"What!?! That's heresy! Mr. Andrews, how can you tell us that a good example is NOT the best teacher! We have been hearing that all of our lives, and now you want to tell us it isn't true!"
Yes. It isn't true.
The good example by itself is often not where the teaching takes place. You can be the best example possible, but if the student doesn't understand the reason behind what you are doing, or the process behind the doing, or why they should want to do that thing, then the example is largely wasted effort. The meaning of your example too often sails right over their head!
Special note to parents: Do you say "I will teach my child to be moral and ethical by my good example." This is a necessary but not sufficient condition for teaching values. You have to ACTIVELY teach why you are behaving that way. Teach what is the benefit to a moral and ethical person. What is the payoff to the student?
If you are not moral and ethical, then your active teaching of these values will very likely be ignored. Thus, the good example is important as a follow-up to the actual teaching.
A good example is useful when the student has grasped the underlying principles of the lesson. It mostly acts to polish or "lock in" the lesson already taught. The good example shows the student how to do the thing. It makes it real for him. He can emulate what you did, while at the same time gaining first hand experience-knowledge. It validates the teaching.
If I as a teacher model some good behavior, tool, method, or skill, the student may mimic it and be able to "parrot" it back to me. That is copying. That is being a human "tape recorder". That is NOT learning.
At best, "Teaching by being a good example" is passive teaching. The problem with it is that the actual learning must be done using the mental resources of the student, NOT those of the (hopefully better equipped) teacher!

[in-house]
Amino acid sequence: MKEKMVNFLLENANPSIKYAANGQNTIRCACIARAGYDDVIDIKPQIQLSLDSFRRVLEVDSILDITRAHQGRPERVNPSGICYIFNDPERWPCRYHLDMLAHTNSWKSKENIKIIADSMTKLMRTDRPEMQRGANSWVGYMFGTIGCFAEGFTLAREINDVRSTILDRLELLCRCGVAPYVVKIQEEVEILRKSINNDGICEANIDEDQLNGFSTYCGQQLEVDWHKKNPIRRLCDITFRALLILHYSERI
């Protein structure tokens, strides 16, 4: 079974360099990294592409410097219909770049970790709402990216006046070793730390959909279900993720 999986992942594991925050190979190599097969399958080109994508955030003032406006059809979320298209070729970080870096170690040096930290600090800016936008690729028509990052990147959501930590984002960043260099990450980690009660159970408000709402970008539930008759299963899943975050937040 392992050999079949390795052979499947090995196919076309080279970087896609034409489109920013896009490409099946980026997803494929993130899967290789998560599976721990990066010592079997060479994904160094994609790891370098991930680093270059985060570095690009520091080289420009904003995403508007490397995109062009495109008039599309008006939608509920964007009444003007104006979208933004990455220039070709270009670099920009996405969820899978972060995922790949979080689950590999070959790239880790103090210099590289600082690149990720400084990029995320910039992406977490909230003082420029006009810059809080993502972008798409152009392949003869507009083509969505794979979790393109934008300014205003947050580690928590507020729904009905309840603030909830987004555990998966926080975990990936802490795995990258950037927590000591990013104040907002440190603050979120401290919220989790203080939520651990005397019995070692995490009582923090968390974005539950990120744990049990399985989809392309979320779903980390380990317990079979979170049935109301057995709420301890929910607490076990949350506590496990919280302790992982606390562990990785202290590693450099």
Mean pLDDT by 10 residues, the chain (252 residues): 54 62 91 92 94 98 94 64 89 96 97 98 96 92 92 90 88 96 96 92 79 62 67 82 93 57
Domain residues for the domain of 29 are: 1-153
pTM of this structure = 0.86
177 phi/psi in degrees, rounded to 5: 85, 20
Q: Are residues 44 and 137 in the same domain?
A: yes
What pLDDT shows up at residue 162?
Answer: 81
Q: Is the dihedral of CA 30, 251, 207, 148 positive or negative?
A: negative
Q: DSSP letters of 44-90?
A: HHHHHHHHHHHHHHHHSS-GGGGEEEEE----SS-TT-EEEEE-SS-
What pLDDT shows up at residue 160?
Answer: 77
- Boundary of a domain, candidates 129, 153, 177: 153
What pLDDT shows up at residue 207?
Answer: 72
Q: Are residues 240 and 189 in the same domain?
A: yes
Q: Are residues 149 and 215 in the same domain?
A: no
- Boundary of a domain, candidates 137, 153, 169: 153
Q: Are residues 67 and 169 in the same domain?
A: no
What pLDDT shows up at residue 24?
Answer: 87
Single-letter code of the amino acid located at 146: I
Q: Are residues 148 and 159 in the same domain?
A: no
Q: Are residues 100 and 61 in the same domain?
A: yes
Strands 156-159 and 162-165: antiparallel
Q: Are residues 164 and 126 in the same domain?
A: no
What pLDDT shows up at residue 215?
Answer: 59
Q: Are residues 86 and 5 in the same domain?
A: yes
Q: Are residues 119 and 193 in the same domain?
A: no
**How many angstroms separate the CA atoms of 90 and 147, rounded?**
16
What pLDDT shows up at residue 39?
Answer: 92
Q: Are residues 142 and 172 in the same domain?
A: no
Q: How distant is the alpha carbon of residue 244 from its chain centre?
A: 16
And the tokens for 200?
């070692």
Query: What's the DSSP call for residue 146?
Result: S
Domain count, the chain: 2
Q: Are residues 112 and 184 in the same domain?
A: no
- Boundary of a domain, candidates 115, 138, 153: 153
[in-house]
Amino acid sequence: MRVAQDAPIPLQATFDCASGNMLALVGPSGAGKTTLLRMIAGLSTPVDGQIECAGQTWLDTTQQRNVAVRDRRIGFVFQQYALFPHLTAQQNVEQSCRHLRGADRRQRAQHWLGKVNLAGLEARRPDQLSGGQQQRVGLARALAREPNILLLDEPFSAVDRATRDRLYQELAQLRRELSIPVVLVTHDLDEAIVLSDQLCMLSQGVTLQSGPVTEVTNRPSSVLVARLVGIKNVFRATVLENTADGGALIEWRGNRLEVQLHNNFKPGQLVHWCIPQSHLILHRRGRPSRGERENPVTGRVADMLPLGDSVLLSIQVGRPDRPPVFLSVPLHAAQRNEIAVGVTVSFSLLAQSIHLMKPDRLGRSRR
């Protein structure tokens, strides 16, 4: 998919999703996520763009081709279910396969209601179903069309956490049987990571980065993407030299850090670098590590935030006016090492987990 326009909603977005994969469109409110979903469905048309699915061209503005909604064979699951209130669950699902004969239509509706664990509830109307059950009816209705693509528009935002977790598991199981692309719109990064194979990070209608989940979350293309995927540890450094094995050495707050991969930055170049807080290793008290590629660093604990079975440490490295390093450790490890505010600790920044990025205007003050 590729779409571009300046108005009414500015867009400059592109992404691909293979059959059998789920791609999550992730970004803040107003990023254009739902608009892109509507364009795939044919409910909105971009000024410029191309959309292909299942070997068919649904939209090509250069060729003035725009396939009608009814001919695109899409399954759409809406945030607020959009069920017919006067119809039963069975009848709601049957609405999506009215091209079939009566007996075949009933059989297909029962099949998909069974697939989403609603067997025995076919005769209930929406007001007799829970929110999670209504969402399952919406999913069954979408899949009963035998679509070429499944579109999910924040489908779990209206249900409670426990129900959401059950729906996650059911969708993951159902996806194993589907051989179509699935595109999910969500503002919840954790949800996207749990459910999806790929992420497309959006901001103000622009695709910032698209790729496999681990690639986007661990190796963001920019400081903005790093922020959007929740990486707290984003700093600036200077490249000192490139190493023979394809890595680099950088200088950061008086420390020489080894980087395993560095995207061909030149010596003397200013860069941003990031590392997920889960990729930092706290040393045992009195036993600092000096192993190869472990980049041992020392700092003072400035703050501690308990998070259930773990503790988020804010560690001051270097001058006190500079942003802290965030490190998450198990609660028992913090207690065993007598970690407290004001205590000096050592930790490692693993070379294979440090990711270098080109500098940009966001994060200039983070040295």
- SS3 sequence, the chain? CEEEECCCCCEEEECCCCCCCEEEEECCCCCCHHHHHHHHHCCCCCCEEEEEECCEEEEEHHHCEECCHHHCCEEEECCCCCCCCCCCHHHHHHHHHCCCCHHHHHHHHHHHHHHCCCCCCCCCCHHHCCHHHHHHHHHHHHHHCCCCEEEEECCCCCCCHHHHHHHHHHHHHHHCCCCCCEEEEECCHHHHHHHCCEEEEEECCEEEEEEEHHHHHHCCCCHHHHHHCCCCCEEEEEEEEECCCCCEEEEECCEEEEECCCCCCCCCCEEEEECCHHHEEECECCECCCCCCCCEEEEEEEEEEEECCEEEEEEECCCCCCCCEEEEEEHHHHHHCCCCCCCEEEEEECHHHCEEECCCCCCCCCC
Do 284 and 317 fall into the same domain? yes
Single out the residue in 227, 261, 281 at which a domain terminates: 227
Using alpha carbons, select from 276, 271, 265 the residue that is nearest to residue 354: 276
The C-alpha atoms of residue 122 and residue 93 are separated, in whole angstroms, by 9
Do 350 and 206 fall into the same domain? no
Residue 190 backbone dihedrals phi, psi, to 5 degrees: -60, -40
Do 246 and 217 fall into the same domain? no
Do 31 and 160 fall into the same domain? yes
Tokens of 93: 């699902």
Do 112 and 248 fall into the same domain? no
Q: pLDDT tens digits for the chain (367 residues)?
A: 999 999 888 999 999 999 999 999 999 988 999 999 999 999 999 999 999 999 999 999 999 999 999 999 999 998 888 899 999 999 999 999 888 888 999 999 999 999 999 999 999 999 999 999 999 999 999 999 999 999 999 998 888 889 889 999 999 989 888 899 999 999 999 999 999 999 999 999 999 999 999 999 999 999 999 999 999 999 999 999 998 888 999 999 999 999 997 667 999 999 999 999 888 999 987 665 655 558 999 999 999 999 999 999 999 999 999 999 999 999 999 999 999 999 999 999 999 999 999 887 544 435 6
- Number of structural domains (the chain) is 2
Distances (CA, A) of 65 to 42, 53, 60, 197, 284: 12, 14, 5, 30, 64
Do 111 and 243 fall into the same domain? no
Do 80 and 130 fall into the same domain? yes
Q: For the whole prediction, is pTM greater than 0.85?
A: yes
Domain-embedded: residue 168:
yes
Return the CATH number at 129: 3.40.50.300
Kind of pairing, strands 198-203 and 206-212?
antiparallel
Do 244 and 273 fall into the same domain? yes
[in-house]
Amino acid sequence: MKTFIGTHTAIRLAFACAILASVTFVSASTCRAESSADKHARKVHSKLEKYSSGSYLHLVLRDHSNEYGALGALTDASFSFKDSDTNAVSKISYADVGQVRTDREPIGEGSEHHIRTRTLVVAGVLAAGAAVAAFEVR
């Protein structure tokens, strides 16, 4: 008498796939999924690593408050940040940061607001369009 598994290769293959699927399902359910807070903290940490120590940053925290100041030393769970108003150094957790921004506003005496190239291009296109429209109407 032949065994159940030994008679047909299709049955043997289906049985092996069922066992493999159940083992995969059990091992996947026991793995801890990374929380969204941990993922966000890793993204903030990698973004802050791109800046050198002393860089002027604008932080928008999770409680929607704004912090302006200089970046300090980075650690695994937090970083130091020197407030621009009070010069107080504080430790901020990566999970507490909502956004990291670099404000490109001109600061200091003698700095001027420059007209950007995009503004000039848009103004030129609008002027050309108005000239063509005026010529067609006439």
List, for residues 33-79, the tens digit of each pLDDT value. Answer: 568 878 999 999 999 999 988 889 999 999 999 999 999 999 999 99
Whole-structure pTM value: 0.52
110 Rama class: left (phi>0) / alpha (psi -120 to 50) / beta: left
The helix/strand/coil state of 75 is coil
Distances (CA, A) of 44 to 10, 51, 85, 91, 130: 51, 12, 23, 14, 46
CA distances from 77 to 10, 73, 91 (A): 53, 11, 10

Where does the idea of "A good example is the best teacher" come from? Why is it so common in the "folklore" of our society?
In the author's opinion it comes from people who either are too lazy or too busy to figure out how to teach that subject or who can't figure out how to teach it.
What is the likely reason they can't teach a thing? Most likely because they do not understand how to do it! An example is "how to think." It is not easy to do it correctly. Even it you are good at thinking, you may not know HOW you go about thinking! (Read the pages on thinking.)
Another example is how to debug or troubleshoot failed hardware or software (I am an engineer). There are engineers who are good troubleshooters. They can't tell you how they do it. They don't know HOW they do it! It is done mostly beneath their consciousness! I have seen it happen!
Scenario #1 (Passive teacher, great student)
A really intelligent student who is highly motivated becomes an "apprentice" to a capable person (a "Master" craftsman, be he a skilled tradesman, or an intellectual worker).
Eventually, the apprentice learns, develops, and
becomes a master of that trade.
Scenario #2 (Active teacher, great student)
Rhetorical Question: Which apprentice (scenario #1 or #2) will "Master" her trade sooner, and be better at it?
They both give up. (Sound familiar?)
Scenario #4 (Active teacher, student has fair to poor intelligence, unmotivated) (Sound familiar?)
Master may ignite a spark of interest. "I CAN do this!" In that case, the student will master the work better and faster.